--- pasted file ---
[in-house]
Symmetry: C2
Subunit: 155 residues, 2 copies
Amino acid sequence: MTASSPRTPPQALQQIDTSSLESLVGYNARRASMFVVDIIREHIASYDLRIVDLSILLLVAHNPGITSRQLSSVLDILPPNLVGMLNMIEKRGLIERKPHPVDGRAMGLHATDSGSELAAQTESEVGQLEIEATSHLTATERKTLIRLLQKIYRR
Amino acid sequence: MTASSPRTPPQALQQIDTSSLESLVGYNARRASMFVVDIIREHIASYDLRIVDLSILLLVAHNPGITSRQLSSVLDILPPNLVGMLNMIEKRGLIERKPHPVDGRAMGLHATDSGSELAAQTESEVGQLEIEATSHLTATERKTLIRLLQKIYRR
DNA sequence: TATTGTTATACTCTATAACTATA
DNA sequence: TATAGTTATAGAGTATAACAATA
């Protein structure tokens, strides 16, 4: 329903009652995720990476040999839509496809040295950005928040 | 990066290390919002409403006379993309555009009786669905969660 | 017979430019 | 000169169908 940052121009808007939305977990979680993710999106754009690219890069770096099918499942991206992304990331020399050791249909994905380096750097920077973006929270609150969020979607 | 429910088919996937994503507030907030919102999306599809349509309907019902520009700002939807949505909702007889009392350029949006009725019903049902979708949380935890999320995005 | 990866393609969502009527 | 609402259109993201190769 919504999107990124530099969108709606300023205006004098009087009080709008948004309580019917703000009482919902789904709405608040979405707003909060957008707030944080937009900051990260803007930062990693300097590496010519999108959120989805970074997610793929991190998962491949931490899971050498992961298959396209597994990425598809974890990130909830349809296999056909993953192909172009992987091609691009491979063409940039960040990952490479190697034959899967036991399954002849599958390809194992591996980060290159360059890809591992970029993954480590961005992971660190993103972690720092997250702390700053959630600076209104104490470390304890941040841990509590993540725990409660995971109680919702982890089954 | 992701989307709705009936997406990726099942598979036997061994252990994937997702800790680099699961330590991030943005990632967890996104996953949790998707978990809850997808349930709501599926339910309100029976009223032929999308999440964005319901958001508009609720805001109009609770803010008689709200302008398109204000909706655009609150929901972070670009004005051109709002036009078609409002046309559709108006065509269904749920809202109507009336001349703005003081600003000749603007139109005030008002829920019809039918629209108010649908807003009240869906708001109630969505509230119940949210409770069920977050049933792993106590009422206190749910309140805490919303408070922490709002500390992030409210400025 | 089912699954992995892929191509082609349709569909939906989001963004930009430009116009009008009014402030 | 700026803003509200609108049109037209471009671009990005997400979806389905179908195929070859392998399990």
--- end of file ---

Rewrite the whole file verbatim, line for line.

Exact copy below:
[in-house]
Symmetry: C2
Subunit: 155 residues, 2 copies
Amino acid sequence: MTASSPRTPPQALQQIDTSSLESLVGYNARRASMFVVDIIREHIASYDLRIVDLSILLLVAHNPGITSRQLSSVLDILPPNLVGMLNMIEKRGLIERKPHPVDGRAMGLHATDSGSELAAQTESEVGQLEIEATSHLTATERKTLIRLLQKIYRR
Amino acid sequence: MTASSPRTPPQALQQIDTSSLESLVGYNARRASMFVVDIIREHIASYDLRIVDLSILLLVAHNPGITSRQLSSVLDILPPNLVGMLNMIEKRGLIERKPHPVDGRAMGLHATDSGSELAAQTESEVGQLEIEATSHLTATERKTLIRLLQKIYRR
DNA sequence: TATTGTTATACTCTATAACTATA
DNA sequence: TATAGTTATAGAGTATAACAATA
């Protein structure tokens, strides 16, 4: 329903009652995720990476040999839509496809040295950005928040 | 990066290390919002409403006379993309555009009786669905969660 | 017979430019 | 000169169908 940052121009808007939305977990979680993710999106754009690219890069770096099918499942991206992304990331020399050791249909994905380096750097920077973006929270609150969020979607 | 429910088919996937994503507030907030919102999306599809349509309907019902520009700002939807949505909702007889009392350029949006009725019903049902979708949380935890999320995005 | 990866393609969502009527 | 609402259109993201190769 919504999107990124530099969108709606300023205006004098009087009080709008948004309580019917703000009482919902789904709405608040979405707003909060957008707030944080937009900051990260803007930062990693300097590496010519999108959120989805970074997610793929991190998962491949931490899971050498992961298959396209597994990425598809974890990130909830349809296999056909993953192909172009992987091609691009491979063409940039960040990952490479190697034959899967036991399954002849599958390809194992591996980060290159360059890809591992970029993954480590961005992971660190993103972690720092997250702390700053959630600076209104104490470390304890941040841990509590993540725990409660995971109680919702982890089954 | 992701989307709705009936997406990726099942598979036997061994252990994937997702800790680099699961330590991030943005990632967890996104996953949790998707978990809850997808349930709501599926339910309100029976009223032929999308999440964005319901958001508009609720805001109009609770803010008689709200302008398109204000909706655009609150929901972070670009004005051109709002036009078609409002046309559709108006065509269904749920809202109507009336001349703005003081600003000749603007139109005030008002829920019809039918629209108010649908807003009240869906708001109630969505509230119940949210409770069920977050049933792993106590009422206190749910309140805490919303408070922490709002500390992030409210400025 | 089912699954992995892929191509082609349709569909939906989001963004930009430009116009009008009014402030 | 700026803003509200609108049109037209471009671009990005997400979806389905179908195929070859392998399990």